The world's most famous, and likely most irritable, waterfowl marks a major milestone today as Donald Duck turns 75.
The "feathered anti-hero," as Agence France-Presse describes him, debuted on this day in 1934 in Walt Disney's "The Wise Little Hen," an animated short that also featured his pal Peter Pig in a retelling of the well-known story.
Although Peter never caught on, Donald rose to worldwide fame, starring in more than 150 cartoons and numerous feature films. But, as the Disney Comics Worldwide blog notes, most important may be Donald's thousands of comic books.
The character first appeared in print in September 1934 in a serialized comic-strip adaptation of "The Wise Little Hen." He appeared in several strips over the next decade, but it was under the legendary Carl Barks that Donald became a comic-book star.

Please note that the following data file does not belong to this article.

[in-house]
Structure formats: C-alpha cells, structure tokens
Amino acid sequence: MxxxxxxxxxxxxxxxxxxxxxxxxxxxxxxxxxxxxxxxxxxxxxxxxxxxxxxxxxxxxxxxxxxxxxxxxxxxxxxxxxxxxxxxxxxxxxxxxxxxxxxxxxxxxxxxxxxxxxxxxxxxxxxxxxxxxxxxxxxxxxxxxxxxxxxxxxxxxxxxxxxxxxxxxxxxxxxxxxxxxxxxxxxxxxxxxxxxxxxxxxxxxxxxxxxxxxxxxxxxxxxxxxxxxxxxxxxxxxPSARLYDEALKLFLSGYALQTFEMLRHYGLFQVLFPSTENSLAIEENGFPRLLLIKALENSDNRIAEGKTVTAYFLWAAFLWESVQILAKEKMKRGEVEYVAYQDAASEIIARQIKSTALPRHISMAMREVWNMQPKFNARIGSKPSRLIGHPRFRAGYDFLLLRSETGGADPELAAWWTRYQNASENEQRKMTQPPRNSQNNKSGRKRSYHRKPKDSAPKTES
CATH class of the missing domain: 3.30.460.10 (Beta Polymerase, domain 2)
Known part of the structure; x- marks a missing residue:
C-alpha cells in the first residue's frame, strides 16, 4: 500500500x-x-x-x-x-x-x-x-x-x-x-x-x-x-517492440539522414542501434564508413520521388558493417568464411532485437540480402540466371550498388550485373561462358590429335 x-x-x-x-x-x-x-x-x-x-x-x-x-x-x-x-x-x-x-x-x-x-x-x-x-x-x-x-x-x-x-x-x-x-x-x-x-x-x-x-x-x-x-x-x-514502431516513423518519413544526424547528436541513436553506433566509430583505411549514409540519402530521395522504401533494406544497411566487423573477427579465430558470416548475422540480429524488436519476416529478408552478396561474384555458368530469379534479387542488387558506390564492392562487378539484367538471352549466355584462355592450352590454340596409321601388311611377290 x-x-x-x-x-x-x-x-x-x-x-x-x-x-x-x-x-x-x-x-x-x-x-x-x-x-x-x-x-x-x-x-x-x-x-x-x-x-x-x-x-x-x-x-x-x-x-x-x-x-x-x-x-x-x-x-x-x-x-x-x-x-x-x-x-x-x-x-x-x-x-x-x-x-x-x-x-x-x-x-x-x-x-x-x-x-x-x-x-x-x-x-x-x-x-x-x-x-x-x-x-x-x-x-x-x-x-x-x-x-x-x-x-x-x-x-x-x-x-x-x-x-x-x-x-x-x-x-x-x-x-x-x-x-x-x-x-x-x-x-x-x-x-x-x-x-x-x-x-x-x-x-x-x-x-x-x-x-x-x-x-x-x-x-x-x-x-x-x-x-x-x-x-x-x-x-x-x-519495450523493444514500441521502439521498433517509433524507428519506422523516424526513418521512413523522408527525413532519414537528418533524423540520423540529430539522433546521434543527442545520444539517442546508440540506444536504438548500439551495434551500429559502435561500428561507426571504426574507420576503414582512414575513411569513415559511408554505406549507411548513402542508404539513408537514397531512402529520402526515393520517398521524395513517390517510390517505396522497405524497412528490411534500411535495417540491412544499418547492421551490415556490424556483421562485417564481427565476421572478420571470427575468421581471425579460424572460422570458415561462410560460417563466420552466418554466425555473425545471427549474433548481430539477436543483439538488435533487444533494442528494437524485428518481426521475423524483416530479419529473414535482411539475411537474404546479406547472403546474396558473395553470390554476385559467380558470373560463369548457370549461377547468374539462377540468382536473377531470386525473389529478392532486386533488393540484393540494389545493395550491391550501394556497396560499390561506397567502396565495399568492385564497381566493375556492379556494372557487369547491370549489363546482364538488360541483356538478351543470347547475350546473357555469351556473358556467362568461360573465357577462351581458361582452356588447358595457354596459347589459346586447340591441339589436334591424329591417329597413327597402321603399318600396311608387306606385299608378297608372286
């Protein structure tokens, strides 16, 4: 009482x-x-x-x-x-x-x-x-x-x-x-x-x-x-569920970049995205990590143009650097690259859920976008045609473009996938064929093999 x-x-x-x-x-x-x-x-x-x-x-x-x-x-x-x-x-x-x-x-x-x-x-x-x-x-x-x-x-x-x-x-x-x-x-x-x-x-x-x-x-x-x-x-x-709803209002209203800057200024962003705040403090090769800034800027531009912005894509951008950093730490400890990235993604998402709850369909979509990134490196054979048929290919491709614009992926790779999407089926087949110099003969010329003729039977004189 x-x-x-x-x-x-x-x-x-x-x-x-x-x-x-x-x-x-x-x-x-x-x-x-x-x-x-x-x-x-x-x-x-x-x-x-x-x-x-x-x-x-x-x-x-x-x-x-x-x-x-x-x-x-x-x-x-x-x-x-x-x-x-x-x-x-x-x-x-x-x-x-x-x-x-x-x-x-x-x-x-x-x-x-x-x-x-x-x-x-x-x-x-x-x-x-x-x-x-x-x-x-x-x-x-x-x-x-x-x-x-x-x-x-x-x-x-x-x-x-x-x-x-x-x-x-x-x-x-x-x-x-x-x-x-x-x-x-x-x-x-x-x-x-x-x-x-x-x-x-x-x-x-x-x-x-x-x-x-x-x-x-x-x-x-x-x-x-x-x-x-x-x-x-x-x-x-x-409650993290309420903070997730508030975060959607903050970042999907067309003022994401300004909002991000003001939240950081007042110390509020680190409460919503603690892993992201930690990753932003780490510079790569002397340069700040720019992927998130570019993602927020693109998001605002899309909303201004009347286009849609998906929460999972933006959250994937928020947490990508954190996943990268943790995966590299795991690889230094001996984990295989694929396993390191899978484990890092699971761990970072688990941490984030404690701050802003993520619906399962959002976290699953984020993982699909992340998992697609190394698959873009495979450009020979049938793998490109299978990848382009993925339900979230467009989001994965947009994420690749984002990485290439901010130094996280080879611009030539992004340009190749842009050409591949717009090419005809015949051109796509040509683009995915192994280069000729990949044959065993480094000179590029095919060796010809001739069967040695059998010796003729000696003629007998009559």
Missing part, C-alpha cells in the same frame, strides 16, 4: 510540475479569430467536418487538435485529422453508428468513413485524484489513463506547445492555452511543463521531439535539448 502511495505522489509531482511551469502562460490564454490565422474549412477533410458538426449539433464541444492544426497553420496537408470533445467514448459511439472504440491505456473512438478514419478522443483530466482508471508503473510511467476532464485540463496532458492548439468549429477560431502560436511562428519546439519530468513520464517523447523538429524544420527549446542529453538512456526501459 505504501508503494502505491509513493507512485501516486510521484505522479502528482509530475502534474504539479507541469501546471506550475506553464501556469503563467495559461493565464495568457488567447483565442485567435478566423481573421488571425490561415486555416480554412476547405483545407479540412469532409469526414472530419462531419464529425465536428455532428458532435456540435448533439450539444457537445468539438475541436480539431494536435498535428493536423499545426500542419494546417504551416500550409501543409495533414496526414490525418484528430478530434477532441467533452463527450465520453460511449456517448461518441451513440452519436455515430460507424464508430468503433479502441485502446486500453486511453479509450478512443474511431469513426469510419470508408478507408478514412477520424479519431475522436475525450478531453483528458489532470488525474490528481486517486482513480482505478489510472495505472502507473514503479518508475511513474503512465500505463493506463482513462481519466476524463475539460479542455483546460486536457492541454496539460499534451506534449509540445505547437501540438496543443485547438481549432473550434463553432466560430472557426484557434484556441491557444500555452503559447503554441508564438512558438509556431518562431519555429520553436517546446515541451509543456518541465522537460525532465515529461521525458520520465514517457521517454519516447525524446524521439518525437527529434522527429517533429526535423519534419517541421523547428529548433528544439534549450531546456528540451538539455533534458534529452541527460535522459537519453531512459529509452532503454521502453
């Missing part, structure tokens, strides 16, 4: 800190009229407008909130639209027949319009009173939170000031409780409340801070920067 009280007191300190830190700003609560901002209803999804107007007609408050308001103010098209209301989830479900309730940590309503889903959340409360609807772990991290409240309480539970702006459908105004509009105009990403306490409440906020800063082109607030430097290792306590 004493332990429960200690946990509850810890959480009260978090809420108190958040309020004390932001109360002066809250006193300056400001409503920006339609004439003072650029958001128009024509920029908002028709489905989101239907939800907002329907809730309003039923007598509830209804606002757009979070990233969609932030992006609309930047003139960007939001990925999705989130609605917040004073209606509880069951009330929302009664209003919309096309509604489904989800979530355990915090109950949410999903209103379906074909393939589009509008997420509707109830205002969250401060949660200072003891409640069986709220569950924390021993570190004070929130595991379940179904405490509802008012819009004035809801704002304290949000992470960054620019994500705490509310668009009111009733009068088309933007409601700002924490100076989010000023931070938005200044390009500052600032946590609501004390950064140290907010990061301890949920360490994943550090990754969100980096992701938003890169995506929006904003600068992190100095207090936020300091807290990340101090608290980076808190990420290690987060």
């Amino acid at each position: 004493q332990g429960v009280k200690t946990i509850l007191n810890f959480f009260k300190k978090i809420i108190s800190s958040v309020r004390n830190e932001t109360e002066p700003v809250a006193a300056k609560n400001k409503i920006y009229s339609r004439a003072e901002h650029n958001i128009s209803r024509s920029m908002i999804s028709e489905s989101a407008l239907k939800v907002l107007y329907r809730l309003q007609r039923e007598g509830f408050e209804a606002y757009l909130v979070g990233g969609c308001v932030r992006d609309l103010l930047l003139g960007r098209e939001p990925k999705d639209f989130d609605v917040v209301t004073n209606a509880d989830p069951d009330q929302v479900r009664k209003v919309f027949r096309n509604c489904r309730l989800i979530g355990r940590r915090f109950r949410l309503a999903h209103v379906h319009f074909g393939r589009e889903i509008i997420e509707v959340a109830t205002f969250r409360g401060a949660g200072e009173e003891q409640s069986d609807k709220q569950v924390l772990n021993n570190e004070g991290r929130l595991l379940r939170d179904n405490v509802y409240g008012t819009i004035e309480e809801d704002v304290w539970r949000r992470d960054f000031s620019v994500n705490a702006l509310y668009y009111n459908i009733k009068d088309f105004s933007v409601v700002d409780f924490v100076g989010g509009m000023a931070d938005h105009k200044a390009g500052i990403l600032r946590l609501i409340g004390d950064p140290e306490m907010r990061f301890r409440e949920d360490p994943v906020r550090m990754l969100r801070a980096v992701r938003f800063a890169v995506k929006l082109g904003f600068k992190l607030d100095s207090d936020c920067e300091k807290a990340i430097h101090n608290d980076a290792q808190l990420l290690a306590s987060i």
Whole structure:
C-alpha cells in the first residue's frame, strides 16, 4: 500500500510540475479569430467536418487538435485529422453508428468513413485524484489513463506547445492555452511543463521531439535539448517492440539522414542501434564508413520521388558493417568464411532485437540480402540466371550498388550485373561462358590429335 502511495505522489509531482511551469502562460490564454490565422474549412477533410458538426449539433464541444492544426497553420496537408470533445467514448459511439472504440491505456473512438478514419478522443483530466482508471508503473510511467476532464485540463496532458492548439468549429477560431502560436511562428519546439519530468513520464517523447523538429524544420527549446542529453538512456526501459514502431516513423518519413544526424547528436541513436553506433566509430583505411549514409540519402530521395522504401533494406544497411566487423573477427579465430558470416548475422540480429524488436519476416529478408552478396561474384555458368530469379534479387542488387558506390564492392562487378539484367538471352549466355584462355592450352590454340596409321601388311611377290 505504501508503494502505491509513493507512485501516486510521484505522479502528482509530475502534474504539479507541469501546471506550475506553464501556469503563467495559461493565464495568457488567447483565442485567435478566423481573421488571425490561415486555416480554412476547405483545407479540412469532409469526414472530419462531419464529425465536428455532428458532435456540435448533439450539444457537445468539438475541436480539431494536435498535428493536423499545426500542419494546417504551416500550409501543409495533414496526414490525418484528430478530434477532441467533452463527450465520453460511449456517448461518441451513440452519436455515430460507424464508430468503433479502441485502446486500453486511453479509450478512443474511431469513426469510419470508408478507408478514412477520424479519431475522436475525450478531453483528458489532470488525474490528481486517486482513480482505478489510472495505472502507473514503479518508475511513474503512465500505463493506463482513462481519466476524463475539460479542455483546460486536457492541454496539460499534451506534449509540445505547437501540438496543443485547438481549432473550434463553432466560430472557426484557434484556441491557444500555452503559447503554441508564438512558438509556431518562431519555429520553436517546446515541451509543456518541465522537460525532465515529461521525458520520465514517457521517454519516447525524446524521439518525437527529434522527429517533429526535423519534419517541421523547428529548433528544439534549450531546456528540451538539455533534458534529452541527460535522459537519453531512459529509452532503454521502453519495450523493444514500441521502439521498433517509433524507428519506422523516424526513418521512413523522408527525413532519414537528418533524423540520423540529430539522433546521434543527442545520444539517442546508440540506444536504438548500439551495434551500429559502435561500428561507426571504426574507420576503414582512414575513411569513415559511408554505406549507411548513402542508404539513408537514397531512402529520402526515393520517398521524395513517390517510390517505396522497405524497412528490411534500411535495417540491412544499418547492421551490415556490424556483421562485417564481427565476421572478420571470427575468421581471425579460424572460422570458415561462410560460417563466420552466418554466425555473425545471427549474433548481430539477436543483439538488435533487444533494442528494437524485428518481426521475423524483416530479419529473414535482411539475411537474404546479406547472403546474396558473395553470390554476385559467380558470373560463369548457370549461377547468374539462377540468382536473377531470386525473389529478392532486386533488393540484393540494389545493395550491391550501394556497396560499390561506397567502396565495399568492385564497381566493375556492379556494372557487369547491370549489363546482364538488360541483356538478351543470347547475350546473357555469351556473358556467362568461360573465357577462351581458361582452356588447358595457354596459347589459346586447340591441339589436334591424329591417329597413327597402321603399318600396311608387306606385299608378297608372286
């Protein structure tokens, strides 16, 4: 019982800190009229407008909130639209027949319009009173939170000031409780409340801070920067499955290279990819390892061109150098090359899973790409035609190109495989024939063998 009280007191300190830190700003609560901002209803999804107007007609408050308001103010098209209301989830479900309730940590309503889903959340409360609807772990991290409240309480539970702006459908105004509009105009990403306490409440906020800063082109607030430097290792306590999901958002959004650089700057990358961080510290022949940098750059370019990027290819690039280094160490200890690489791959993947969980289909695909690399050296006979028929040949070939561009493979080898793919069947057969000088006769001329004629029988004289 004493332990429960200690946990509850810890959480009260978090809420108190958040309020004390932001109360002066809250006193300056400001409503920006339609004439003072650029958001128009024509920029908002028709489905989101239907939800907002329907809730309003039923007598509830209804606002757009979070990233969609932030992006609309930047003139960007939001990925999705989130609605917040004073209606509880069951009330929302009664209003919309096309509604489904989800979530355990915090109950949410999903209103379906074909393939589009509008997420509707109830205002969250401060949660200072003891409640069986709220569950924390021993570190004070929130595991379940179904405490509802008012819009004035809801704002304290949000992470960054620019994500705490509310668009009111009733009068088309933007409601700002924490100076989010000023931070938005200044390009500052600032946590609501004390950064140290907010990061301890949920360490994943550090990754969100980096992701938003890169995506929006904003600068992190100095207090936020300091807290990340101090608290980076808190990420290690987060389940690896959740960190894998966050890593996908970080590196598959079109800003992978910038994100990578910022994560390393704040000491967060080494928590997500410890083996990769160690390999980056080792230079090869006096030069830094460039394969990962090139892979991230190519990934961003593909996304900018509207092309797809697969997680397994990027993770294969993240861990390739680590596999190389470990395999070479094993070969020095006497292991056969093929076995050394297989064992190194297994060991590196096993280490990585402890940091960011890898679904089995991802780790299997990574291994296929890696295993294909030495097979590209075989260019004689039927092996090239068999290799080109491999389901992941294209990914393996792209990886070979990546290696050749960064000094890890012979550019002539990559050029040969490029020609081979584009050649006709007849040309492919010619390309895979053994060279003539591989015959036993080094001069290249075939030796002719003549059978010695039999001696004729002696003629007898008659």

"It was famous comic book artist Carl Barks, nicknamed The Duck Man, who gave Donald a place to live (Duckburg), an extended family (Uncle Scrooge, Gladstone Gander), friends (Gyro Gearloose) and foes (The Beagle Boys)," writes Arthur at the DCW blog. "Barks’ impressive body of work, over 500 duck stories, are still reprinted in weekly and monthly comic books around the world. They form the basis of Donald’s huge popularity in countries like Denmark, Finland, Germany and Italy — and his work has inspired new artists to create new comic stories in Barks’ tradition."
It's in Europe that Donald Duck remains a superstar; The Wall Street Germany last month dubbed him "the Jerry Lewis of Germany."